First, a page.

One evening Mrs Sensible phoned to ask me how the job hunting was going. Not bad I told her, Berlitz want me to teach English to Italian Businessmen.  Your joking she said,  you can’t spell for toffee and your grammar is appalling. It’s not a problem I said, I will teach them to spell fonetically phoneticallie phonetically. There was a long pause and then Mrs Sensible asked me, how was my Italian coming along? Cosi cosi I replied, I am working on it. But you should hear Zia, her English is improving in leaps and bounds. She can now count to 30 and can tell me it is too cold for flip-flops in English. Mrs Sensible let out another audible sigh.

I didn’t secure a job in Sicily, however I did hear this wonderful story.

When Zia’s husband was alive, they owned a summer-house near a little village out in the countryside. Every year Zia and her husband would take a holiday, and visit the summer-house on the same 3 weeks every year. Life was fine, until one year they decided to change the dates of their holiday.

They arrived at the little summer-house 2 weeks early to find the front door was unlocked.  As Zia and Zio entered the house, the aroma of fine Italian cooking  wafted through the air to their noses. When they entered the dinning room, Zia was stunned to see a family of 6 sat at her table eating a meal. Zia asked the woman, who was sat at the table tucking into meat balls or maybe even spaghetti bolognaise what she thought she was doing .

Spag bog or meat balls

Do you want to join us for dinner??  (Credit: Walt Disney Alice in Wonderland Brill film)

The woman stood up and said “we live here and are eating our meal. What does it look like; and who the hell are you?” (Obviously it was said in Italian, with a lot of hand waving) 

When Zia told them she owned the house, the woman said you don’t live here, you only come for 3 weeks, and when you do we move back to the village. Why are you here now??

I think it was at this point that Zia blew a fuse and threw them out. She also decided to sell her little summer-house.

I did wonder how the family managed to live in Zia E’ house without her knowing. Zia explained that on her visits, she sometimes noticed the odd cup missing and maybe a rug not quite in the right position, but she just put it down to her memory and age.

Italian Customer Service

Peach

Uttering the words Italian and customer service in one breath is as bad as using King Herod and child care in the same sentence they just don’t go together, except in the case of our local macellaio. Mario knows this particular pazzo Inglese can be forced to buy his wonderful homemade sausages, fillets of steak and other tasty produce, all Mario has to do is point at them and say ancora? And I will nod happily and say si si.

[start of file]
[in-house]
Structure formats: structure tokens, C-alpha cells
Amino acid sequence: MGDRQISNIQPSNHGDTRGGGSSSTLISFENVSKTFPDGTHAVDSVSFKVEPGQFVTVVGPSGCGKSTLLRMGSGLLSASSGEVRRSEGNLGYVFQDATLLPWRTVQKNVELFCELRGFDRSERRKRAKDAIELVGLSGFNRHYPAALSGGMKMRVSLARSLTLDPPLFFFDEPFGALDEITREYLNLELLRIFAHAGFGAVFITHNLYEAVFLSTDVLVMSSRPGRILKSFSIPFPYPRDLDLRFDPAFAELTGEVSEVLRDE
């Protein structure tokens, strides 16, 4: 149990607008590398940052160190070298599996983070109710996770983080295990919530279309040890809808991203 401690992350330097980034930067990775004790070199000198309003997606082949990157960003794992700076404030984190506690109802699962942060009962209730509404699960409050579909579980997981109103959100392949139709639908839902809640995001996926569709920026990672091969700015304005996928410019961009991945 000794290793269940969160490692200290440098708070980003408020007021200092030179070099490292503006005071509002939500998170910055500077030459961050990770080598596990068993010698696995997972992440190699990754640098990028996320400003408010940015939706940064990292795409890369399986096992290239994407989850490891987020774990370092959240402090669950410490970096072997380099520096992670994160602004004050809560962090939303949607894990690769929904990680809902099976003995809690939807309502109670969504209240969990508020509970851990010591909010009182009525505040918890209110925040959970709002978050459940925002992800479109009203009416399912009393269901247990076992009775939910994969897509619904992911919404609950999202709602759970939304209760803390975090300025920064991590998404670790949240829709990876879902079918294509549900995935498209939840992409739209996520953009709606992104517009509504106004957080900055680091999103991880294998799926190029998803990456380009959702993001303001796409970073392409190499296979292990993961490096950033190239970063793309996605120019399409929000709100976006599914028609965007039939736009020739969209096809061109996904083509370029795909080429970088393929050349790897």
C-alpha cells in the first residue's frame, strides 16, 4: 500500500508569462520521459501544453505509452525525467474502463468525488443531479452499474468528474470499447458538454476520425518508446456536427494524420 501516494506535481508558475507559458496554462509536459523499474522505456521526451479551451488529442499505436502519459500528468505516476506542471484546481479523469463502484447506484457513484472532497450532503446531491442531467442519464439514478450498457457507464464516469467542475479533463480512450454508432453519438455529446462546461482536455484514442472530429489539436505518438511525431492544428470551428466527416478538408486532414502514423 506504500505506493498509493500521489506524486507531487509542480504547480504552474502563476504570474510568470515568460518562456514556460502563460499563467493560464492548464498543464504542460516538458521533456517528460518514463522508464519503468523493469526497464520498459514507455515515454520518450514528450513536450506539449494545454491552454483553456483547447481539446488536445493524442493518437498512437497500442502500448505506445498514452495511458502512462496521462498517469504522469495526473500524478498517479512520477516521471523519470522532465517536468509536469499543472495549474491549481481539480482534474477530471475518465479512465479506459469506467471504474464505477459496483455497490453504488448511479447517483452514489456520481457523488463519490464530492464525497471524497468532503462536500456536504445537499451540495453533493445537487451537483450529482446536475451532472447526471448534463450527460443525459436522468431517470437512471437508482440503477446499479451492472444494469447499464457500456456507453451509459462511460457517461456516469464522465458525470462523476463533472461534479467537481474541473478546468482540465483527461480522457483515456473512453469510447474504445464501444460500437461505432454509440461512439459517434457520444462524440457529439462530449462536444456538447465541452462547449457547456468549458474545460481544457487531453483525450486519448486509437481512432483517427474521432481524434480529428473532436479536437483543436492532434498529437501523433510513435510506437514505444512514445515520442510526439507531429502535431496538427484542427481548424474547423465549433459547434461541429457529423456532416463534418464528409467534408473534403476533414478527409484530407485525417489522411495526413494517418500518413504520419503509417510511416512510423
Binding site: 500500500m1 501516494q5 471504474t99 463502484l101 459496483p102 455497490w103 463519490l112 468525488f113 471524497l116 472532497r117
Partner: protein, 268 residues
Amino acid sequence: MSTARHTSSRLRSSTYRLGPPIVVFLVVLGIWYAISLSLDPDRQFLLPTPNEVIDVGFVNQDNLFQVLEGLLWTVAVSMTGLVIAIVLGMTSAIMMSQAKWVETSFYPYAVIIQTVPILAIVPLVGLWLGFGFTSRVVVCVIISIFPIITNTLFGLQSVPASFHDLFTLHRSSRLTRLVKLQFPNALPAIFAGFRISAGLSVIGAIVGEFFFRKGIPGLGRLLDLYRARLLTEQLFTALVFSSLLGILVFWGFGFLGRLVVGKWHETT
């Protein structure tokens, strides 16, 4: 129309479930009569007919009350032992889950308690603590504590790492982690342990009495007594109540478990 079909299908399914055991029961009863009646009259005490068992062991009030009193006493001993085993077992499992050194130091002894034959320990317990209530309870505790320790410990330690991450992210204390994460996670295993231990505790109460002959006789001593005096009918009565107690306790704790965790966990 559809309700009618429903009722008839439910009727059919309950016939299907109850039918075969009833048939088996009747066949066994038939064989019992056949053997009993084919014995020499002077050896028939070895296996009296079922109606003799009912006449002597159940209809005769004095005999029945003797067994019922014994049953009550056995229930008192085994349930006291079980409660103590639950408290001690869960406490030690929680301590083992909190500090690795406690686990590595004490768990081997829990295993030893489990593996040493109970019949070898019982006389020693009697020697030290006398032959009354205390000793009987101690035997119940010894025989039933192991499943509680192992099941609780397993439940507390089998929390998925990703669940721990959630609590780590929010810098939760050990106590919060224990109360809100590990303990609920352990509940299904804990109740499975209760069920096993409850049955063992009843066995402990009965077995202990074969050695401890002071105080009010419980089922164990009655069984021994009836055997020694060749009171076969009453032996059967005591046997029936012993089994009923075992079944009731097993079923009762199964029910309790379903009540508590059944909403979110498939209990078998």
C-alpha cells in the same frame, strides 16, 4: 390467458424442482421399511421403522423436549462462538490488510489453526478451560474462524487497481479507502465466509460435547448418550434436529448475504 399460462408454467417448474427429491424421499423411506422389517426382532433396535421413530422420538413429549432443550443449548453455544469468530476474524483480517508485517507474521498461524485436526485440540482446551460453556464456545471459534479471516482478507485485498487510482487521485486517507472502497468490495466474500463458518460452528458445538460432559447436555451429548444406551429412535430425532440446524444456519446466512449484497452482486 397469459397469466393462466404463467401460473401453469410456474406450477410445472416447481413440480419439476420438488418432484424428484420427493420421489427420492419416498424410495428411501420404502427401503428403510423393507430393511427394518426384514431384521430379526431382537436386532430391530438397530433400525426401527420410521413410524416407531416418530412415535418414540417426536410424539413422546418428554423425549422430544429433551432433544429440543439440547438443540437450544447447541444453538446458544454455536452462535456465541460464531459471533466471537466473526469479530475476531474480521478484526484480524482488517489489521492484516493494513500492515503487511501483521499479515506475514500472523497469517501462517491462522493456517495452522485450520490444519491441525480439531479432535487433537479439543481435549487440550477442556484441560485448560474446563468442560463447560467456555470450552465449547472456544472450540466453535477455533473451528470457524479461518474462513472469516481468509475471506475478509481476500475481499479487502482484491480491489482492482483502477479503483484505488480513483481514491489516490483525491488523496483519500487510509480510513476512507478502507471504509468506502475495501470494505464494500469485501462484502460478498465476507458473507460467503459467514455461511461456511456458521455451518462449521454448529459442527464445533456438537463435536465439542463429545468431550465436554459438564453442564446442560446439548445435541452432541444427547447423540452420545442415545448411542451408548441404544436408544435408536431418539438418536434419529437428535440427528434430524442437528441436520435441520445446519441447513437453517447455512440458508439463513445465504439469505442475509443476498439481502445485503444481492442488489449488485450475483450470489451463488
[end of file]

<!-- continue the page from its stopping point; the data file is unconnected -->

I also receive incredible service from the local corner shop. Maria who serves behind the counter always serves me before anyone else in the shop. It doesn’t matter who is waiting to be served or how many people are queuing to pay she always says prego prego as she gestures me to the front of the queue. No no io sono bene. I will reply. But the other women who are either gossiping about local village life or queuing to pay soon join in prego prego they chant.

So I am forced to go to the front of the queue and using my appalling Italian start purchase my shopping. When Maria and the women first started to invite me to queue jump I initially thought it was due to the respect Mrs Sensible holds as the local school teacher; she is not called Mrs Sensible in the village but Maestra. It took the episode of the peaches for me to realise why they always let me go to the front of the queue.

Mrs Sensible sent me to the shop one afternoon to purchase five peaches, now I know you normally buy fruit by the weight but I am aware of my limitations when it comes to ordering in Italian so I began with Io Bisogno cinque pesche per favore, (I understand that I should us “vorrei” and not bisogno but it never sounds right when I say it) Maria gave me one of those looks that are saved for the village idiot, I hadn’t noticed at this point that one or two of the women were already giggling and snorting into their handkerchiefs, I just thought there was a cold going around.

Maria disappeared into the back of the shop where the freezers are kept. I thought this was really odd as the peaches were in baskets just to the right of me. Stupid old bat I thought. Maria returned with one box of fish fingers, one frozen fillet of fish in a box and what looked like a piece of old shoe leather that might or might not have been dried fish.

Fish Fingers

Fish Fingers

Erh no no!! I said, pesche I repeated pointing at the basket of peaches cinque pesche. Maria grinned and said pesca Peter pesca.

The women behind me were dabbing their eyes and thinking the pazzo inglese never fails to let us down this time he ordered five fish instead of five peaches. With as much dignity as I could muster I worked my way through the rest of my shopping and thankfully left the shop.

Back to Skool

Today is back to school day for most of the children in Italy. Mrs Sensible is a teacher in scuola primaria. This year she is tasked with teaching the little blighters angels English, maths and music in one school and in the other English and Italian. While I sit here typing this blog Mrs Sensible is colouring in posters for her new classrooms. The little quip I made about I hope you have finished all your work before you started colouring in your pictures was almost met with physical violence.